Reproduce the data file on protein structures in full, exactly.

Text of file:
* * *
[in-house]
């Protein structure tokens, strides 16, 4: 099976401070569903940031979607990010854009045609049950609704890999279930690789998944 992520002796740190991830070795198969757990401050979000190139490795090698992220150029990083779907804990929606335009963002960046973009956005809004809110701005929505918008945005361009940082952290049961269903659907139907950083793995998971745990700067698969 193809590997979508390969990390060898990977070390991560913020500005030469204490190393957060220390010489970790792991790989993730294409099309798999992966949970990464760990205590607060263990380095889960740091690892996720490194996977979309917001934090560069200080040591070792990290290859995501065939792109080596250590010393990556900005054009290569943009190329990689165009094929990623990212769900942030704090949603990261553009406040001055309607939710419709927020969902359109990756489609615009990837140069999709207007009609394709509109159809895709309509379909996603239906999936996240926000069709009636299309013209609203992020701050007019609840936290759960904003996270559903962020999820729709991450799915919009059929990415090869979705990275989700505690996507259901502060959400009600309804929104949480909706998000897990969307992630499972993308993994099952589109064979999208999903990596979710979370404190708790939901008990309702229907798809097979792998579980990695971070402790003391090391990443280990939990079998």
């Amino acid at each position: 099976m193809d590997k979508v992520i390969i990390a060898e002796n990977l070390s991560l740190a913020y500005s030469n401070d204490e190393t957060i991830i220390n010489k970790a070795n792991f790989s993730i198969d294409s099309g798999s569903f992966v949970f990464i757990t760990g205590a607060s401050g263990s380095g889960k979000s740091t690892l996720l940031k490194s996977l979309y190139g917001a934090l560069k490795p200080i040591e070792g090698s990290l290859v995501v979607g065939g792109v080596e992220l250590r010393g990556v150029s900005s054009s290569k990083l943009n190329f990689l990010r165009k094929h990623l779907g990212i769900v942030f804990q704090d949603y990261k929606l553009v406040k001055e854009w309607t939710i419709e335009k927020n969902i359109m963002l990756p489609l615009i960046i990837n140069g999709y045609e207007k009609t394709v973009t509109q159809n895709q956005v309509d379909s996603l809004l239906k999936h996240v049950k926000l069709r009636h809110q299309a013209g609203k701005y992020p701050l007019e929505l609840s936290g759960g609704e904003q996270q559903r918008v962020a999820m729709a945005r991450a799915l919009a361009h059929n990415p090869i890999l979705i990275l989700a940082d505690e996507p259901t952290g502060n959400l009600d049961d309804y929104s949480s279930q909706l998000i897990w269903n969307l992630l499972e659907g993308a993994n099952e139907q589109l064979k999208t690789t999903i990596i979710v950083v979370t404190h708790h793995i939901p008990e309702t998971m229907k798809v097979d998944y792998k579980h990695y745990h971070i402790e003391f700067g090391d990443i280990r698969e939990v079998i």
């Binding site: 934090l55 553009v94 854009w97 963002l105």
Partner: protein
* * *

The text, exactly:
[in-house]
């Protein structure tokens, strides 16, 4: 099976401070569903940031979607990010854009045609049950609704890999279930690789998944 992520002796740190991830070795198969757990401050979000190139490795090698992220150029990083779907804990929606335009963002960046973009956005809004809110701005929505918008945005361009940082952290049961269903659907139907950083793995998971745990700067698969 193809590997979508390969990390060898990977070390991560913020500005030469204490190393957060220390010489970790792991790989993730294409099309798999992966949970990464760990205590607060263990380095889960740091690892996720490194996977979309917001934090560069200080040591070792990290290859995501065939792109080596250590010393990556900005054009290569943009190329990689165009094929990623990212769900942030704090949603990261553009406040001055309607939710419709927020969902359109990756489609615009990837140069999709207007009609394709509109159809895709309509379909996603239906999936996240926000069709009636299309013209609203992020701050007019609840936290759960904003996270559903962020999820729709991450799915919009059929990415090869979705990275989700505690996507259901502060959400009600309804929104949480909706998000897990969307992630499972993308993994099952589109064979999208999903990596979710979370404190708790939901008990309702229907798809097979792998579980990695971070402790003391090391990443280990939990079998």
């Amino acid at each position: 099976m193809d590997k979508v992520i390969i990390a060898e002796n990977l070390s991560l740190a913020y500005s030469n401070d204490e190393t957060i991830i220390n010489k970790a070795n792991f790989s993730i198969d294409s099309g798999s569903f992966v949970f990464i757990t760990g205590a607060s401050g263990s380095g889960k979000s740091t690892l996720l940031k490194s996977l979309y190139g917001a934090l560069k490795p200080i040591e070792g090698s990290l290859v995501v979607g065939g792109v080596e992220l250590r010393g990556v150029s900005s054009s290569k990083l943009n190329f990689l990010r165009k094929h990623l779907g990212i769900v942030f804990q704090d949603y990261k929606l553009v406040k001055e854009w309607t939710i419709e335009k927020n969902i359109m963002l990756p489609l615009i960046i990837n140069g999709y045609e207007k009609t394709v973009t509109q159809n895709q956005v309509d379909s996603l809004l239906k999936h996240v049950k926000l069709r009636h809110q299309a013209g609203k701005y992020p701050l007019e929505l609840s936290g759960g609704e904003q996270q559903r918008v962020a999820m729709a945005r991450a799915l919009a361009h059929n990415p090869i890999l979705i990275l989700a940082d505690e996507p259901t952290g502060n959400l009600d049961d309804y929104s949480s279930q909706l998000i897990w269903n969307l992630l499972e659907g993308a993994n099952e139907q589109l064979k999208t690789t999903i990596i979710v950083v979370t404190h708790h793995i939901p008990e309702t998971m229907k798809v097979d998944y792998k579980h990695y745990h971070i402790e003391f700067g090391d990443i280990r698969e939990v079998i």
């Binding site: 934090l55 553009v94 854009w97 963002l105």
Partner: protein